The UEFA Champions League is home to the highest caliber of football in the world. This is not about that. Welcome to the worst blunders of the week in the UEFA Champions League.
Ball to Hand?
Let's start at the San Siro, where AC Milan upset Barcelona, 2-0. This was a fascinating match, where Barca was unable to accomplish anything resembling their typical incisive play, and Milan played wonderfully. Their second goal was an absolute stunner, a beautiful piece of teamwork where they strung together four incredibly difficult touches across the perimeter of the box, leading to a wonderful volley from Sulley Muntari. Milan's defensive effort was remarkable, limiting Barcelona to a handful of half chances. But the first goal …
What's going on here? Let's break it down. Riccardo Montolivo takes a shot on goal that appears to be heading just outside of the left post, at which point Cristian Zapata, summoning the spirit of his revolutionary namesake, lifts his hands in the air to signal "V for Viva," and bounce-passes the ball to Kevin-Prince Boateng, who calmly slots it past Barcelona keeper Victor Valdes. Goal? Goal. Really, we're going with goal? We're going with goal.
This weekend's Champions League final featuring Chelsea and Bayern Munich started slowly, but at the end of a penalty shootout, Chelsea, battered and bruised, stood the victors. And in this week's podcast, the Men in Blazers analyze the game with a fine-tooth comb, considering everything from David Luiz's IQ to the invisible hand of Lady Physio.
For Michael, it was among his great achievements. Even Roger momentarily admired the accomplishment before returning to spew his expected bile. Either way, it was a great end to an even better season. To document the end, the Blazered Men present their first annual Men in Blazers Awards.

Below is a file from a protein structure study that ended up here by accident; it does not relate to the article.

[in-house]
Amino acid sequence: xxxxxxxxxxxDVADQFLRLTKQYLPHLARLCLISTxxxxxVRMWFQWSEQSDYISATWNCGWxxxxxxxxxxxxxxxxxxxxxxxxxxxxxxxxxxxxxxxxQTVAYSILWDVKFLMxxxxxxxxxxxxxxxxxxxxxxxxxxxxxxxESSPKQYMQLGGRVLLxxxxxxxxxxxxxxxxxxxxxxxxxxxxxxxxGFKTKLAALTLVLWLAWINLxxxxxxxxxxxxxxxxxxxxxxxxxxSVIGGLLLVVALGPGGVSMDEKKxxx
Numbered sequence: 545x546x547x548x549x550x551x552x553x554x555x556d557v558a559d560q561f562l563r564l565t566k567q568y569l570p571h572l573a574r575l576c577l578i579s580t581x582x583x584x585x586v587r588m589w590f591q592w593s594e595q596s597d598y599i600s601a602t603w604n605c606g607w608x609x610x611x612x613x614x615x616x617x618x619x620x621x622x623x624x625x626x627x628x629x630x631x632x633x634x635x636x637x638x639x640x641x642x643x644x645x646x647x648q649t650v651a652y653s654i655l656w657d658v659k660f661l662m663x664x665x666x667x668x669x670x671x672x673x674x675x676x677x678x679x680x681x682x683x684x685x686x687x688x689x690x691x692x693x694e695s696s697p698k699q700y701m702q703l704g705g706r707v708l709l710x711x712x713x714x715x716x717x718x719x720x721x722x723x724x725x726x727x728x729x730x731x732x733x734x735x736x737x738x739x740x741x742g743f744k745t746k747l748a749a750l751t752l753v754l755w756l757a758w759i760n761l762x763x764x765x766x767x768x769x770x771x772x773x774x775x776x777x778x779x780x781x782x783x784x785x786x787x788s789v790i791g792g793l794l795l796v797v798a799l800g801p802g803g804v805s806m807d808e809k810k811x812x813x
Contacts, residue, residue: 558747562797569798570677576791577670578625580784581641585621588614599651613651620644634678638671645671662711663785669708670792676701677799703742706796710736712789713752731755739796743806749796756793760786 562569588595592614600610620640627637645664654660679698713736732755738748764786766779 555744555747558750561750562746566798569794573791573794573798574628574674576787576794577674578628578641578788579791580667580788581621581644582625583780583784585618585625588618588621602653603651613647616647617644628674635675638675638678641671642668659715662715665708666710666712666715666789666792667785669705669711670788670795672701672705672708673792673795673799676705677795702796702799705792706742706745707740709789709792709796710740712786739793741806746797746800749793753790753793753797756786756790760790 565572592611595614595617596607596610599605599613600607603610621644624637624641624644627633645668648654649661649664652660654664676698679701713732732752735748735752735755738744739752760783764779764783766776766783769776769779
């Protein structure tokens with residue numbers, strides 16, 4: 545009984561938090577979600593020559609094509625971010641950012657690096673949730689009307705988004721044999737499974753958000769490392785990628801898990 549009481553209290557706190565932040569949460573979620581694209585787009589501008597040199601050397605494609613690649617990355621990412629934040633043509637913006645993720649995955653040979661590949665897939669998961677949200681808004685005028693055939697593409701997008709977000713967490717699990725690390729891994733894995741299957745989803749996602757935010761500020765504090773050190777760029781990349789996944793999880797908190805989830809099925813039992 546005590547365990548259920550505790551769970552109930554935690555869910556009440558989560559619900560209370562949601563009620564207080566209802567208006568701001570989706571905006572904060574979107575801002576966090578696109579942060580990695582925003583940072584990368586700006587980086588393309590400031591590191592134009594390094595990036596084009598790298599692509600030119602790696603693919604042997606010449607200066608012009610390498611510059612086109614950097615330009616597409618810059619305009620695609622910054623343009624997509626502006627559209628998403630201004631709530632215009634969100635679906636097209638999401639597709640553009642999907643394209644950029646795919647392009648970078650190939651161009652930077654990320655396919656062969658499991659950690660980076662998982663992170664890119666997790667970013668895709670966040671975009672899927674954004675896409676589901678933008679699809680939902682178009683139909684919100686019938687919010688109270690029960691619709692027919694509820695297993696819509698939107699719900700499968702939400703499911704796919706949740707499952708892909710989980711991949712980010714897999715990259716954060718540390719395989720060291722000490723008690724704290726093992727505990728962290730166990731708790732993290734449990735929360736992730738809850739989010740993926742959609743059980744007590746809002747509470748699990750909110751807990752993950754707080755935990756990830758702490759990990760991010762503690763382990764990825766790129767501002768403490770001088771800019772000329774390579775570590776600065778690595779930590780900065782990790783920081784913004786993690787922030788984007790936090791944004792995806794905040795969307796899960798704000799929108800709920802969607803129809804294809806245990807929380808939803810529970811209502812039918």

Here is a photo of Fernando Torres holding the 2012 Champions League trophy and the 2012 FA Cup. Since 2008, Torres has won the European Championship (in '08), the World Cup (in '10) and these two trophies. Saturday, in Munich, he was on the field when Chelsea completed one of the most improbable Champions League runs — coming from 3-1 down against Napoli and defeating a heavily favored Barcelona in the semifinals — since Liverpool came from behind against A.C. Milan in 2005. He looks happy. So why does this 28-year-old with a full trophy cabinet sound so damn sad?
This didn't feel like just another end to a season. In the hours following Borussia Dortmund's 5-2 triumph over Bayern München in Saturday's DFB Cup Final in Berlin, we were gifted with reactions as illuminating as the bit of theater that unfolded on the Olympiastadion pitch earlier that night. The victors were flush. Bayern CEO Karl-Heinz Rummenigge's take on the evening (a "disgrace," "every Dortmunder goal was a slap in the face") will likely be ringing in every Red's ears until they finally lock horns with Chelsea at home in the Champions League final this coming weekend. But a post-match press exchange (via Die Zeit) with Bayern striker/smoothie Mario Gomez bottled the moment best.